Wondering what types of lilies to plant in the garden? No need to look further. Here’s some common and less common lily genera that grow almost anywhere.
Fawn lilies (Erythronium genus) rank among the most popular species of spring blooming lilies. Most of the two dozen or so native species grow in the West, however a couple of species grow elsewhere in the United States.
They can grow in full sun or partial shade areas of the yard and garden. Equally important, consumers can choose bulbs that produce a variety of petal colors ranging in shades of pink, white and yellow. The picture at the top of the page shows a white fawn lily.
As a bonus, planting fawn lilies means worry free, safe flowers. The edible bulbs were favored by Native Americans. The name fawn lily refers to the plant’s appeal as food to local wildlife.
Tiger lilies continue to rank at the top of the list of favorite types of garden lilies. Bulbs are available at many retail outlets, with species adapted to most garden zones in the 3-9 range.
The Columbia Lily (Lilium columbianum) pictured, is a very nice orange late spring bloomer. It’s one of approximately two dozen native species documented. Often they go by the common name Tiger Lily, due largely to the presence of spotted, colorful, reflexed flowers that nod in the breeze..
Nurseries also sell varieties of what is formally called Llium tigrinum. Those are the native lilies from eastern Asian that have been hybridized and now introduced into gardens around the world.
The Washington Lily or Cascade Lily is a favorite Lilium species in Western gardens. The plant grows up to four feet in height and produces nice looking white petals with purple spots.
It was named in honor of the first First Lady of the United States, Martha Washington. And it grows naturally in the Cascade Range of Washington and Oregon. A few plants have also been discovered in the northern ranges of California.
Home owners with small wood lots often consider trillium as both a perfect lily for shaded gardens as well as nice ground cover.
They are best known as spring bloomers, although at higher altitudes they can bloom in early summer.
Many lily genera limit their range to certain areas of the United States. Close to five dozen different Mariposa Lilies (Calochortus) grow bountifully throughout the Western United States. Perhaps two dozen of those grow endemically in California.
Such a large number of species means that the Mariposa Lily enthusiast could spend years organizing travel plans to include a day to search for, and photograph local species.
Their abundance also translated into their being popular types of lilies for any garden. The Sego Lily (Calochortus nuttallii) represents the people of Utah as the official state flower.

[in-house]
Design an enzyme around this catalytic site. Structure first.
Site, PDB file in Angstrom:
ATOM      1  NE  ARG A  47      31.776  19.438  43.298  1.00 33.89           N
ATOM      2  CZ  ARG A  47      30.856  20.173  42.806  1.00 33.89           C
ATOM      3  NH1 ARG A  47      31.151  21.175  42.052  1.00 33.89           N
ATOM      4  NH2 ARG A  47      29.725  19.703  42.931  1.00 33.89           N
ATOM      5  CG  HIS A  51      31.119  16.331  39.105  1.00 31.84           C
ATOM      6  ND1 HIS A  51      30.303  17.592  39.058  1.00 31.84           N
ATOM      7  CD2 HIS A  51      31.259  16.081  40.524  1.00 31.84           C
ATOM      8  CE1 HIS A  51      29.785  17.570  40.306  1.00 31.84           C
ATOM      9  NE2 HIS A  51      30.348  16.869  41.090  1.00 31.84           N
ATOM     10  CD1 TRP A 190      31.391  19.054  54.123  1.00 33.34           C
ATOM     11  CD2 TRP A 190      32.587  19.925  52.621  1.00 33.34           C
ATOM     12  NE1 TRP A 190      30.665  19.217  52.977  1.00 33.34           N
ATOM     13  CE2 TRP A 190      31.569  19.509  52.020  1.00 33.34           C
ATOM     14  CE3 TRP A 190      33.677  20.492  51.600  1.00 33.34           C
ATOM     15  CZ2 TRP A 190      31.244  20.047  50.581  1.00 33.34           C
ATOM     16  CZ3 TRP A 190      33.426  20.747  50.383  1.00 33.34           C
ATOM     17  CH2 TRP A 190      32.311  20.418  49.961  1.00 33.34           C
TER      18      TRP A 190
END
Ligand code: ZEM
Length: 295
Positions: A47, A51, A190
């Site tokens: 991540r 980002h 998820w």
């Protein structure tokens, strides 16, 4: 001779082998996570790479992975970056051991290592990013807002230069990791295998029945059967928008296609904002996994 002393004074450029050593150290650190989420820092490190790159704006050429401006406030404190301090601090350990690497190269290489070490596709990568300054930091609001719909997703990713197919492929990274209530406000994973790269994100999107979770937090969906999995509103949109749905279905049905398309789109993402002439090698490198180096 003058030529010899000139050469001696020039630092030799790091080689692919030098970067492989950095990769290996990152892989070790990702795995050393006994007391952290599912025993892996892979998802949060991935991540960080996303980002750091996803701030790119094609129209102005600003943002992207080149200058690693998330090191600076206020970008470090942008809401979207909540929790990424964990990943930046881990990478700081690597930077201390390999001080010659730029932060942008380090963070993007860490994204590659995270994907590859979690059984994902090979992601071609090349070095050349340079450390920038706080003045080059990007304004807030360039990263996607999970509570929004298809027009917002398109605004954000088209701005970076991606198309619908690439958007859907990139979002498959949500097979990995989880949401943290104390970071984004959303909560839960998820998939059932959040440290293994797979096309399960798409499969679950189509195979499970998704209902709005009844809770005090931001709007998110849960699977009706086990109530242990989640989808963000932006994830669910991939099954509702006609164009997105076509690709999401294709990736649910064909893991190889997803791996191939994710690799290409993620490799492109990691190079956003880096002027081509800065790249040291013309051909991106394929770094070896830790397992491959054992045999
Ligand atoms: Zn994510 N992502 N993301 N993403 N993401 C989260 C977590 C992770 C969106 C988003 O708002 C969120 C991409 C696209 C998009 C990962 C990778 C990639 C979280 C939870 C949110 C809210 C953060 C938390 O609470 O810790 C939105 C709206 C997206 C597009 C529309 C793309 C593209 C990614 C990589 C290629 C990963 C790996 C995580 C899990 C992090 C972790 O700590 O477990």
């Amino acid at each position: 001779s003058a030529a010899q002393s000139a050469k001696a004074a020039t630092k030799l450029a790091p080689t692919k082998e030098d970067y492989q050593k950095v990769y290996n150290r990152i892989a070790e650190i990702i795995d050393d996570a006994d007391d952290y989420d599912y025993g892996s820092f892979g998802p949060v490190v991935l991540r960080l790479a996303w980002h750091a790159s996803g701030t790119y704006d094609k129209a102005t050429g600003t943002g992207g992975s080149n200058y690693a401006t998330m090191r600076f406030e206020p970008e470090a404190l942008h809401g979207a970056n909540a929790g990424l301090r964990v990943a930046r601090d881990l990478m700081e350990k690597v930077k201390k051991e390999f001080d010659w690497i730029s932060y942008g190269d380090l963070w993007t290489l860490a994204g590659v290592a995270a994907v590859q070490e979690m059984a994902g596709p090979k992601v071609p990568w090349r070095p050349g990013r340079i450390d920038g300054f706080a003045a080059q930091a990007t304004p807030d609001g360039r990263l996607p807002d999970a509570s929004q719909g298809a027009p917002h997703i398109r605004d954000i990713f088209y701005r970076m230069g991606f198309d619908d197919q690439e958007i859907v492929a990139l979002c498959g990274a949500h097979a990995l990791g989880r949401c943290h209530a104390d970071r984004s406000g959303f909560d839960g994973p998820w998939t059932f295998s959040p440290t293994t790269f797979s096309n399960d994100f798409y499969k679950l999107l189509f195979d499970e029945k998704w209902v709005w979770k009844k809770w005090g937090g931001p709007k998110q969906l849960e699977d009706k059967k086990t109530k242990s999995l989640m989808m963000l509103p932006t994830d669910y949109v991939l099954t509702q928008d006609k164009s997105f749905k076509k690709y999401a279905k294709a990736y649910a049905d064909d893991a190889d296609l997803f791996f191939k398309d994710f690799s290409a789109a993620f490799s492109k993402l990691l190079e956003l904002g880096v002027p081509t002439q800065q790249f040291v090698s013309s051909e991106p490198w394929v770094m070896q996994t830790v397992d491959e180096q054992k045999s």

A quick look a a few species explains their popularity. The small, purple to pink petal, Monterey Mariposa Lily (Calochortus uniflorus), blooms in the lowlands and wetlands of the coastal areas from Central Oregon to Central California. The leaves slightly resemble blades of grass and the flower grows so close to the ground that it could remain hidden in meadows with overgrown grass. It’s known as an easy growing species, and its natural habitat of lowland, grassy meadows, makes it a good garden choice for areas with mild winters and wet spring seasons.
The Green-banded Mariposa Lily (Calochortus macrocarpus), also known as the Sagebrush lily, suggests the flower’s preferred habitat, dry, sunny, higher elevation areas. Flower color ranges from a lighter lavender to the darker shade of purple shown in the picture. A green band, or stripe, is visible on the back side of the petals.
Calochortus eurycarpus, or the Big-pod Mariposa Lily or White Mariposa Lily, grow in subalpine meadows throughout the west (Idaho, Montana, Nevada, Oregon, Utah, Washington and Wyoming). Petal color shifts from white to purple as the flower ages. All the flowers show the characteristic purple spotted petals with yellow at the petal base. Their affinity for alpine living makes them a less than ideal candidate for the average domestic garden.
Swamp Lilies grow naturally in Southeast wetland areas. Homeowners with similar yards can also purchase them commercially. They come in a few shared of pink and white color petals.
The bell shaped flowers of many Fritillaria, a genus of flowering plants in the Lily family make many native species popular garden choices.
Across the west, also nothing says types of lilies like the approximately two dozen different native fritillaria species. Their beauty consistenly gets complimented in the garden and in the wild.
“Two liliaceous plants in particular, Erythronium grandiflorum and Fritillaria pudica, are marvelously beautiful and abundant. Never before, in all my walks, have I met so glorious a throng of these fine showy liliaceous plants. The whole mountain-side was aglow with them, from a height of fifty-five hundred feet to the very edge of the snow.
John Muir Steep Trails 1918.
Yellow Bells (Fritillaria pudica) or the Yellow Fritillary, could not possibly get a better botanical review. Their emergence each spring elicits a similar joy in all who spot them.
Along with the Spotted Fritillary, Yellow Bells range throughout most of the West. They are fairly adaptable, growing on mountain sides, sagebrush settings and grasslands. Their adaptability makes them a good garden choice for most areas.
Another regional specialty, one-half dozen snakelilies (Dichelostemma) also grow in the Western United States. Known by common names such as ookow, they begin blooming early in spring and have become adapted to garden life.
The picture shows the purple flowers of the most common variety. They need full sun.
Gardeners interested in a little more garden pizzazz might want to consider the firecracker plant. It’s a northwest native that produces clusters of red and white tubular flowers. They attract hummingbirds and butterflies.